woman looking into computerAnonymous Mom is a weekly column of motherhood confessions, indiscretions, and parental shortcomings selected by Mommyish editors. Under this unanimous byline, readers can share their own stories, secrets, and moments of weakness with complete anonymity.

A few weeks before our son was born, I asked my husband to agree not to put photos of him on Facebook. He thought I was crazy, rolled his eyes, and dismissed me from the start. It didn’t matter to him that people find too many baby photos on Facebook annoying. He couldn’t care less that we have too many “friends” on Facebook that we hardly know. And he wasn’t at all concerned about pimping out our kid for a few “likes” on Facebook. I, however, saw the risks. Facebook validation can be addictive. And we are both junkies.

My husband prides himself on being funny. On too many occasions, I’ve gotten a call or text from asking if I’ve seen his Facebook status. “Did you see what I wrote? People are going nuts!” I’m no better, though. I showcase my social media skills with social or political commentary, then sit back and wait for people to praise me for my brilliance. It’s because of this tendency that I was determined not to use our baby to indulge our narcissism.

But lying in that hospital bed looking at the first photo of our newborn baby boy, I couldn’t see the harm in sharing just one picture of him to announce his arrival. Besides, he was so adorably perfect. It would be rude and unfair not to share him with our Facebook family. So we jotted off a quick digital birth announcement, posted the photo, and waited. The “likes” started pouring in. As we watched the counter grow higher and higher, we grew more confident that, yes, our baby was awesome. Although we thought he was beautiful already, now we KNEW it. The likes don’t lie.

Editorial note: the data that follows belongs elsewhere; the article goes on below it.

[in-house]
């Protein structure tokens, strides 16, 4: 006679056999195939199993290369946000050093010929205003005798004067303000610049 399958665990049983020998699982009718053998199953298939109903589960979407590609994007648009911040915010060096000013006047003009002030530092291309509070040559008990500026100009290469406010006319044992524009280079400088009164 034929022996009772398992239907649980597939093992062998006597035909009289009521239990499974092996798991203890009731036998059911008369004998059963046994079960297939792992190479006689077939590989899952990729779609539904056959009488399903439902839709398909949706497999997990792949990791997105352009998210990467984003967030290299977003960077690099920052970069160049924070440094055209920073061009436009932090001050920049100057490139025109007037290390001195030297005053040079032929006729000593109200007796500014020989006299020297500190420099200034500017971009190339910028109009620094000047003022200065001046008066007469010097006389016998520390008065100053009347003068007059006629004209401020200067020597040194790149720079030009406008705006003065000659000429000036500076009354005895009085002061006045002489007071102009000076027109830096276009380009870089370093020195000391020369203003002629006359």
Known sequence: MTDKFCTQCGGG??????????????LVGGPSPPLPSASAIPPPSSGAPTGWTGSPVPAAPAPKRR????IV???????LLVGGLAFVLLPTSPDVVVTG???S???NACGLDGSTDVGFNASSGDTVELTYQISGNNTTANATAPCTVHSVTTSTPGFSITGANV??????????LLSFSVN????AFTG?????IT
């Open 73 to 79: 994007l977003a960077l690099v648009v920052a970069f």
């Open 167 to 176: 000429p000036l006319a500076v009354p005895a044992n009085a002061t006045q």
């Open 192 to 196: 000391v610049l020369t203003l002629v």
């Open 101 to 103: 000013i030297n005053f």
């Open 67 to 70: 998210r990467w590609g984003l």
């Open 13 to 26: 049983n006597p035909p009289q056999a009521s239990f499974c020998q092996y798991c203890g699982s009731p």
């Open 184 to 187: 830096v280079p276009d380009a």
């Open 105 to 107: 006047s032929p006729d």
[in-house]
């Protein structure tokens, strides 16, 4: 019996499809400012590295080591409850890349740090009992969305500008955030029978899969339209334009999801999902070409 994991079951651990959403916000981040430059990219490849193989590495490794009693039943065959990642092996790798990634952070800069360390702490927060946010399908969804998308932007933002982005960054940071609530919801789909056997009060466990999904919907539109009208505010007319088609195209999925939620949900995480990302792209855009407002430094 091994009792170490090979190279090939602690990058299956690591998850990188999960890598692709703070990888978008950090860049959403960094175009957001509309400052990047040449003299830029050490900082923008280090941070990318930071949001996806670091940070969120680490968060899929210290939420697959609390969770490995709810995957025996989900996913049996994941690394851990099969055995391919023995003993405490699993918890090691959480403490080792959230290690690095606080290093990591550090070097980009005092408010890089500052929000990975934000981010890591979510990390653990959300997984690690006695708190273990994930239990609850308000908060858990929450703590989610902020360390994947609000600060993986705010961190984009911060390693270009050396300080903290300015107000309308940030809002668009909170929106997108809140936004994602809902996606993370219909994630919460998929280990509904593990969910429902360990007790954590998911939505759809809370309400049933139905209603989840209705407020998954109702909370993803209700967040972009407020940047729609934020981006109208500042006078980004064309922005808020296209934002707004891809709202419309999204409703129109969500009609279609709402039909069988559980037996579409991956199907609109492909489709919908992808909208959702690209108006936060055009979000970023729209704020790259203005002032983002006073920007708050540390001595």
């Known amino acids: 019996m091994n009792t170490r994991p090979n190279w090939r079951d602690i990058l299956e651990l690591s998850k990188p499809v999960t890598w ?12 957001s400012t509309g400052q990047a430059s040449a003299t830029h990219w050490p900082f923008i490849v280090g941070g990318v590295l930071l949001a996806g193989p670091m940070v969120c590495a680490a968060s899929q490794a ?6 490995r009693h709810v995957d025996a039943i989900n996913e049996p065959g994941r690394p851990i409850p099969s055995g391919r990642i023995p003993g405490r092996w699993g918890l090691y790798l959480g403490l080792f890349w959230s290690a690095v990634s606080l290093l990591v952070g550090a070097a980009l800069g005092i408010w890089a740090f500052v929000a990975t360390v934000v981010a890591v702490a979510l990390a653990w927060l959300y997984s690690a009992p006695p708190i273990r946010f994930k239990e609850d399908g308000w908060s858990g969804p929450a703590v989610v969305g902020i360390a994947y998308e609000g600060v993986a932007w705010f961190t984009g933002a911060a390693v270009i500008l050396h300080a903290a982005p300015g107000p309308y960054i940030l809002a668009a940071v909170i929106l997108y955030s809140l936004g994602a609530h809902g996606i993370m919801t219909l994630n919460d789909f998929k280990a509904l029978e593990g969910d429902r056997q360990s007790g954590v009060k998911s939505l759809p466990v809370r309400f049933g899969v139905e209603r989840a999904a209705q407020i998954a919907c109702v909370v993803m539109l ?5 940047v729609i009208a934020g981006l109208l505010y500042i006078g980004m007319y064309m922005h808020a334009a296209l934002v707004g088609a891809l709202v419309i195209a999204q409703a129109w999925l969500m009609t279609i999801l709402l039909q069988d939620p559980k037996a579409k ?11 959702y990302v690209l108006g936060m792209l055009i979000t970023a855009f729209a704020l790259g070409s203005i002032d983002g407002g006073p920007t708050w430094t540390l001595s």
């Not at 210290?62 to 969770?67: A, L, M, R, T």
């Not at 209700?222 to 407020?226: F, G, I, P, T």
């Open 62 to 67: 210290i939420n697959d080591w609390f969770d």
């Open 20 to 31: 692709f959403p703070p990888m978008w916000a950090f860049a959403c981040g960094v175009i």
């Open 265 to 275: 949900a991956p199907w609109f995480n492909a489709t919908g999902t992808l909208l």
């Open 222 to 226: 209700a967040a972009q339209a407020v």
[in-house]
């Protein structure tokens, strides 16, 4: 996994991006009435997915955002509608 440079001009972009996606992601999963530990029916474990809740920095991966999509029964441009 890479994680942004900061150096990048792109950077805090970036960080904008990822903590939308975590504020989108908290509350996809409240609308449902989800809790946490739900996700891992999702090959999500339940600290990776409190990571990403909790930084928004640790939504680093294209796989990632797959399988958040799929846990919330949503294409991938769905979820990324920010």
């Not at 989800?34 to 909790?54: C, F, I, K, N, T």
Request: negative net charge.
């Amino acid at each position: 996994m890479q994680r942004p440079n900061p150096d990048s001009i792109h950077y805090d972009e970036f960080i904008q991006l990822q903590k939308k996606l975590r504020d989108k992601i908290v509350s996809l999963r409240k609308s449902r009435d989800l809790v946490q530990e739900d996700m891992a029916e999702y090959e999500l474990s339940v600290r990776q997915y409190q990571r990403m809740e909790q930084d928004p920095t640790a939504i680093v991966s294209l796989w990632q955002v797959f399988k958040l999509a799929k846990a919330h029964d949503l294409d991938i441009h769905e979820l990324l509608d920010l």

After that first photo, I was hooked. I’d experienced the thrill of Facebook “likes” and I needed another fix. The sporadic photo couldn’t hurt, right? After all, people WANTED to see him now. Soon I had to keep sharing my gorgeous boy with the world.

I’d see other babies getting “liked” and would start jonesing to stay in the game. I was strategic. I wouldn’t post too often. Overexposure could dilute his perfection and people might not “like” him as consistently each time.

Like the PR rep for an A-list celebrity I would contemplate the best times and days to release a photo. And, of course, only the best photos made the cut. I grew annoyed when other people posted his photo because I wanted total control over his digital footprint. Other people couldn’t be trusted to screen out all but his most perfect images.

As I grew more obsessed, I’d look at other people’s baby photos and wonder why they got more likes than mine. Did they have more friends? Was their child more adorable? Or God forbid, more loved?

Rationally, I know that this is insane. But that is the power of Facebook. It turns us into celebrities in our minds. It’s narcissistic by nature and our worth is measured in “likes” and comments, as a celebrity’s worth is measured by how many magazines she or he can sell. It’s why people are driven to posting grand, sweeping, Oscar-acceptance-style thank you statuses on Facebook. And it’s why some of us share photos of our children.

Does recognizing this mean I will stop? No. Like I said, it’s addictive. And I’m a junkie.

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(photo: Dundanim / Shutterstock)